Articles—Post an article in the discussion board and have students do an activity related to its content. This gives students more content on which to comment than a typical prompt that consists solely of a question.Audio—Post an audio prompt. Listening is an integral part of learning a language. It also is a medium that students are comfortable with and find interesting. Ammar has students post their notes on radio broadcasts in a threaded discussion. “Even though everybody is listening to the same [content], they may catch different things,” Ammar says.Video—Even more engaging is video. Simply post a link to a YouTube video (or one from another source), and ask students to comment or answer an open-ended questions about it.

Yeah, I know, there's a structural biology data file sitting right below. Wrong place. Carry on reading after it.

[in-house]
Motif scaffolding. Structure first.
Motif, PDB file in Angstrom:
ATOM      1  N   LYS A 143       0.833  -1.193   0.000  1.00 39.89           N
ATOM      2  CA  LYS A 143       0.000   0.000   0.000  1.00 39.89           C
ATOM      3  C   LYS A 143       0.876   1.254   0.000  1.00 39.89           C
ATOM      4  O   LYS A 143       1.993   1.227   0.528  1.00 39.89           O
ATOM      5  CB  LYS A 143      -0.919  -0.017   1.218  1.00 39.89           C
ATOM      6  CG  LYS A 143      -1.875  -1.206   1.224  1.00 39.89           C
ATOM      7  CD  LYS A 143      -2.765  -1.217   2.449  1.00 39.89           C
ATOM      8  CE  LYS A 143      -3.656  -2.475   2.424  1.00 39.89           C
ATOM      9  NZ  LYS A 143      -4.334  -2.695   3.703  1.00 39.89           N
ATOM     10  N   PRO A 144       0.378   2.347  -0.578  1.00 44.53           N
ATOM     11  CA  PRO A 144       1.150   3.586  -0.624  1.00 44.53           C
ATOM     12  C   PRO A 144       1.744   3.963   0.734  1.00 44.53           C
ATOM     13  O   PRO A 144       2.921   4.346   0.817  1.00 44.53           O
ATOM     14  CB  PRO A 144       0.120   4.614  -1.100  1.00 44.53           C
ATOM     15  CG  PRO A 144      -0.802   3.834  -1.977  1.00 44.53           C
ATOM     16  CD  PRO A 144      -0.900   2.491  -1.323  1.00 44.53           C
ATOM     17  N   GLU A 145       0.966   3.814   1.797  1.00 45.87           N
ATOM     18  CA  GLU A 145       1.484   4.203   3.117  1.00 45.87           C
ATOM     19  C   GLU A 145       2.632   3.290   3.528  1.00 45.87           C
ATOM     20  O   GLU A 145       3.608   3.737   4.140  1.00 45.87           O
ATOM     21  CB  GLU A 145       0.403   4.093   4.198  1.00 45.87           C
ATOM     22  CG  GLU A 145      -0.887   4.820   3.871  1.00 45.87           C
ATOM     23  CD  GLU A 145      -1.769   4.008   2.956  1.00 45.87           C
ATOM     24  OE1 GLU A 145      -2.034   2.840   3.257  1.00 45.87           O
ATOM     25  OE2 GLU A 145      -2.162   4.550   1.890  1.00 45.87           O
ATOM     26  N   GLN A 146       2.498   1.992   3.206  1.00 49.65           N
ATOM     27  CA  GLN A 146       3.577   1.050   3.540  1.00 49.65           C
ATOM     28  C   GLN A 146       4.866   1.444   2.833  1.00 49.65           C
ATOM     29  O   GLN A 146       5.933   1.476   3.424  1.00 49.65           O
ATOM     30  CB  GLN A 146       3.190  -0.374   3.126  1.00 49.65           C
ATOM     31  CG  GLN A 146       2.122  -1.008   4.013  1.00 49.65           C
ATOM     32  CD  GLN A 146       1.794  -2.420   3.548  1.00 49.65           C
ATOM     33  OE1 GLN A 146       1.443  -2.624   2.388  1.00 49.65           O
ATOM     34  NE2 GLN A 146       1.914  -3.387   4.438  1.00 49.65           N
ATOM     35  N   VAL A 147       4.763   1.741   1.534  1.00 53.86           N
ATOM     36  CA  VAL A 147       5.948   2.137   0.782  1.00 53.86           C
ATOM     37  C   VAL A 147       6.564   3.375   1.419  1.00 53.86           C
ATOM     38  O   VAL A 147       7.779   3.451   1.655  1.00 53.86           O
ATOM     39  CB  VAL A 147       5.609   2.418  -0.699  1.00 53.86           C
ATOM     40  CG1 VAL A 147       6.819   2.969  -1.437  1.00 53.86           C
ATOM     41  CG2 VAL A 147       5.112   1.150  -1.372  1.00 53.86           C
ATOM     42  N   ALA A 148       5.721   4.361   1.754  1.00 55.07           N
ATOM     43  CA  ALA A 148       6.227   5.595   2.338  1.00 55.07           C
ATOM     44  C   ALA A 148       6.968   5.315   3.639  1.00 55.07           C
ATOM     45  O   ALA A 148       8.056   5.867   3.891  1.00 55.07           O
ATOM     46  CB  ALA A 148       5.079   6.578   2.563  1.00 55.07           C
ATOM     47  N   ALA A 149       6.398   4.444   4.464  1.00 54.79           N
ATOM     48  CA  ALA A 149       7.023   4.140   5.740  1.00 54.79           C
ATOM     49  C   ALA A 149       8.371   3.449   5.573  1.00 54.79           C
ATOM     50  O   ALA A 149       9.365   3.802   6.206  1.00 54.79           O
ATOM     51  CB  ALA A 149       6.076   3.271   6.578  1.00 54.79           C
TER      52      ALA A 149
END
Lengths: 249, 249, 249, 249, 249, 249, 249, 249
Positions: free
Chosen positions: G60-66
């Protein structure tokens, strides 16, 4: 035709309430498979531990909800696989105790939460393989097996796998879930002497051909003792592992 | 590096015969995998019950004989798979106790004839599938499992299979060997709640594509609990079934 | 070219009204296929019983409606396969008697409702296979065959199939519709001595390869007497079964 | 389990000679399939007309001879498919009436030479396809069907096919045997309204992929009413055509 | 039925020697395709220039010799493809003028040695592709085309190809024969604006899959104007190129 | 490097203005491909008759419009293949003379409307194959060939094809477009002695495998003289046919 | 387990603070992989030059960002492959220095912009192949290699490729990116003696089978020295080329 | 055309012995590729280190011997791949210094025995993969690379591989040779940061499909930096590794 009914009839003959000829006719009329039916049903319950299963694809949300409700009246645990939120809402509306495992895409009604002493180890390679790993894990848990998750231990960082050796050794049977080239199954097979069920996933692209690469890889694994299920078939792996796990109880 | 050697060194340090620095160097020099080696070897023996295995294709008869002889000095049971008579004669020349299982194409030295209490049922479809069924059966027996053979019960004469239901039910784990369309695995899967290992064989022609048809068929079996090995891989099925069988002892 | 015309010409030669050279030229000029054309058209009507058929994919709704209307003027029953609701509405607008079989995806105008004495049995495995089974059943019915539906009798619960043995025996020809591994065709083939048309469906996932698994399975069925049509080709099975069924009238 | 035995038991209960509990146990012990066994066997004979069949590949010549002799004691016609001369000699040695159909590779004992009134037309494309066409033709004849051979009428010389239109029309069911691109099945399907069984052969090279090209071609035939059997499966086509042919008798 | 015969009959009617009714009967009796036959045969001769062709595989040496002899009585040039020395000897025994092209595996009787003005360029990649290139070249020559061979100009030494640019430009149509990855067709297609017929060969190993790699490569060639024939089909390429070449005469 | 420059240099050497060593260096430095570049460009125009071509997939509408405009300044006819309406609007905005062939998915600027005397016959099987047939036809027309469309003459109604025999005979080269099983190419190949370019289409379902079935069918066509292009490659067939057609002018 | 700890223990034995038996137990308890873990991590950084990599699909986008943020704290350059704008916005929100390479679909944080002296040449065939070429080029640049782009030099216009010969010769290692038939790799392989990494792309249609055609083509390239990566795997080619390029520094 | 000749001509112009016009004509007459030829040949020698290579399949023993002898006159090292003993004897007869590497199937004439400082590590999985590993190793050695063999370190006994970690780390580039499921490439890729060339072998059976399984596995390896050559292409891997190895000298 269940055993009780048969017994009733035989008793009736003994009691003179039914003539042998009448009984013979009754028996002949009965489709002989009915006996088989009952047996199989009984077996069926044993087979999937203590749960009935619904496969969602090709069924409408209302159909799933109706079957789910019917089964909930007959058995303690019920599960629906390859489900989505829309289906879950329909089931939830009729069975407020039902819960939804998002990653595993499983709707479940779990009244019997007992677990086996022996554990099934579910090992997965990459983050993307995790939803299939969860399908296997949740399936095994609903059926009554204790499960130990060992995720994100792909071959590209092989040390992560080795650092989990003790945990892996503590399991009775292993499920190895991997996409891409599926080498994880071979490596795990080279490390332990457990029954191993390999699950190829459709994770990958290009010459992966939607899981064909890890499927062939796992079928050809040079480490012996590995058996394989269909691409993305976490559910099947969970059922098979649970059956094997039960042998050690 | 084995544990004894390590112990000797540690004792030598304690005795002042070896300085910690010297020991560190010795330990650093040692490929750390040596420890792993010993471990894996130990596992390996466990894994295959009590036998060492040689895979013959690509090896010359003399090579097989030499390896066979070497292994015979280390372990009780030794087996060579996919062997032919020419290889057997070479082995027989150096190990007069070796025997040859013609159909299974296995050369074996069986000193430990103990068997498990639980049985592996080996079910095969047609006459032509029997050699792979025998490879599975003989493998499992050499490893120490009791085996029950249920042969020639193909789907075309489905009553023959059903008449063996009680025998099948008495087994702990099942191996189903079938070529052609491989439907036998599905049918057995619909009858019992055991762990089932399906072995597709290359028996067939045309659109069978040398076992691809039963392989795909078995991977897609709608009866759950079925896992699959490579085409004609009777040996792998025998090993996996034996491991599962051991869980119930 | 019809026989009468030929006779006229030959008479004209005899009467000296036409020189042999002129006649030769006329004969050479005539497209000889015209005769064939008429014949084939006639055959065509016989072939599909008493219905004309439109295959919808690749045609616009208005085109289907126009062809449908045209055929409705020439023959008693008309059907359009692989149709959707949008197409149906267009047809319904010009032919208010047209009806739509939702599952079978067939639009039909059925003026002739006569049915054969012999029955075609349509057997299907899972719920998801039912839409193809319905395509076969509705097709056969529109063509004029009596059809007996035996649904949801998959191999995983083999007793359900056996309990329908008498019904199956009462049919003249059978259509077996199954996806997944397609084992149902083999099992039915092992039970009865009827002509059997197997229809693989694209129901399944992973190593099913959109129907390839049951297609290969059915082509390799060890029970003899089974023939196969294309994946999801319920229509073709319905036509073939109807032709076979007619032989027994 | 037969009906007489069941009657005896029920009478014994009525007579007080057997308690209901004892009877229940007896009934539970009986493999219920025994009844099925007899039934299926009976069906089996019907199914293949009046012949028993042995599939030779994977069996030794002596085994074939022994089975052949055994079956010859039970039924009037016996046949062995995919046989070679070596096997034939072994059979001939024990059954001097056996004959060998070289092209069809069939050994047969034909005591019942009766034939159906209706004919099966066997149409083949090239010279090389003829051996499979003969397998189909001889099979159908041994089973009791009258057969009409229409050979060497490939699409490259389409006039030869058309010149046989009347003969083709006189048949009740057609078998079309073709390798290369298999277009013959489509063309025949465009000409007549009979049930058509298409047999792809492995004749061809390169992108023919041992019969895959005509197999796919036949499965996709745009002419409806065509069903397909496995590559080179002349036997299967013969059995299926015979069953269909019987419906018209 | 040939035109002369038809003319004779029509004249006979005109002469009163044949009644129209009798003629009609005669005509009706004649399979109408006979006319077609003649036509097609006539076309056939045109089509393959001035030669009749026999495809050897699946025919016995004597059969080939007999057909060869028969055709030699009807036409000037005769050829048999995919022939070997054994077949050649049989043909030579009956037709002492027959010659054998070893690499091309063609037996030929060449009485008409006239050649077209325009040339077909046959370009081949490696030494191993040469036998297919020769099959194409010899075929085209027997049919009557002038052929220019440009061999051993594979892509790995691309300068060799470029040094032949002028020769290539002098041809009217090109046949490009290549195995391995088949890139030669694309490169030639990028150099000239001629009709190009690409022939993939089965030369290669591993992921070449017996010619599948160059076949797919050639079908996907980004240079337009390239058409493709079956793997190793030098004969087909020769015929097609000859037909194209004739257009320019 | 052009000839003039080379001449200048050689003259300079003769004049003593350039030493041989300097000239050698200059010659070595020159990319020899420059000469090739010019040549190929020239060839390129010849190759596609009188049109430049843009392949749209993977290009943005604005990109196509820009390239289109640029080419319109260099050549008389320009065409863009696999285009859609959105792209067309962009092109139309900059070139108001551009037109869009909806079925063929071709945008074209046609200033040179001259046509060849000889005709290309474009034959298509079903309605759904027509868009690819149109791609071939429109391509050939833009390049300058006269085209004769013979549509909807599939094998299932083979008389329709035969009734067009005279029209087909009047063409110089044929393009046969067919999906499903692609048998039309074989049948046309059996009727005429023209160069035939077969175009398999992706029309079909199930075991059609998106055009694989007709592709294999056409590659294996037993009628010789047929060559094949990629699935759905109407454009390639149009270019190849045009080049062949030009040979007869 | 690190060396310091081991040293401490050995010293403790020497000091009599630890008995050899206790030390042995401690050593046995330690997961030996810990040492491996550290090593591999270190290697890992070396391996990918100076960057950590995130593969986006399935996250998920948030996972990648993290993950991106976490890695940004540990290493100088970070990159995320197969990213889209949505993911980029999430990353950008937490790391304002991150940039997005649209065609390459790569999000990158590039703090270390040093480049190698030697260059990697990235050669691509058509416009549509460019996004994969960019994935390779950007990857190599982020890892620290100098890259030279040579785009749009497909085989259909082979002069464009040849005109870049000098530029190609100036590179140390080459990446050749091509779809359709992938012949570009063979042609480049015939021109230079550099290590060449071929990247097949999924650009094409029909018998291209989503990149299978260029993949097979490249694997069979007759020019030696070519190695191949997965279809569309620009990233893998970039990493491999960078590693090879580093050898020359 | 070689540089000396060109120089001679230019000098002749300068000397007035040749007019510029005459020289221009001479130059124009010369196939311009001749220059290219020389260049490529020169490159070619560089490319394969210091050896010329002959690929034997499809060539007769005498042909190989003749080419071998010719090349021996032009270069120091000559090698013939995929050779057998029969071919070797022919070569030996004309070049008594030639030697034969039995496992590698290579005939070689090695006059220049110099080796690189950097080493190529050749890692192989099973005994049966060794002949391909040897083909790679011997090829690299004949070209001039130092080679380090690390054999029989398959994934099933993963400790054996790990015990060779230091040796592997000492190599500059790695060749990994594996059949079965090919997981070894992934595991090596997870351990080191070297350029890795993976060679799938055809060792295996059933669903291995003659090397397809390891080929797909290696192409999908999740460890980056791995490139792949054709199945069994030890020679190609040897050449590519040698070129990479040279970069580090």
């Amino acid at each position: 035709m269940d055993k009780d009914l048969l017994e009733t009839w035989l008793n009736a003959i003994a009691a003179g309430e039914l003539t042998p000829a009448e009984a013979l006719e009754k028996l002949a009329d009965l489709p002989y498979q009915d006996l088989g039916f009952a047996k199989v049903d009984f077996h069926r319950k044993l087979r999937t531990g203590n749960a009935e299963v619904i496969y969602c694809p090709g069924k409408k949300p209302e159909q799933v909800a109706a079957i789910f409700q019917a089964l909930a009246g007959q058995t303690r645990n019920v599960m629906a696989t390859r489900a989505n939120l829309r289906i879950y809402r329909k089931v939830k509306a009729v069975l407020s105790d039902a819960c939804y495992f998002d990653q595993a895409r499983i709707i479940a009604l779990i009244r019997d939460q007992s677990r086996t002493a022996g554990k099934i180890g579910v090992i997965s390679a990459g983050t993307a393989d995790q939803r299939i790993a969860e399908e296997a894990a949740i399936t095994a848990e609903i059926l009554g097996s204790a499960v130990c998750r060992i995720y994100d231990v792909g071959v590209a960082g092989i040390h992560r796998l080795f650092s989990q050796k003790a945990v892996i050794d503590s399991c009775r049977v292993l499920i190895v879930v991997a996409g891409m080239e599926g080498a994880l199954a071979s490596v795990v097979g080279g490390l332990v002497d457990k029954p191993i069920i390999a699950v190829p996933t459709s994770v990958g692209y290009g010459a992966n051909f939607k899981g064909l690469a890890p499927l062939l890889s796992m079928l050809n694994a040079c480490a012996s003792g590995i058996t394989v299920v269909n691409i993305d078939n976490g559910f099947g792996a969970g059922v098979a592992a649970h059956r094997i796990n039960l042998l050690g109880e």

Are you having trouble getting students to participate in online discussions? Consider using other types of prompts in addition to the typical open-ended question. Maria Ammar, assistant English professor at Frederick Community College, uses the following prompts in her English as a second language course and recommends them for other types of courses:
Via Dennis T OConnor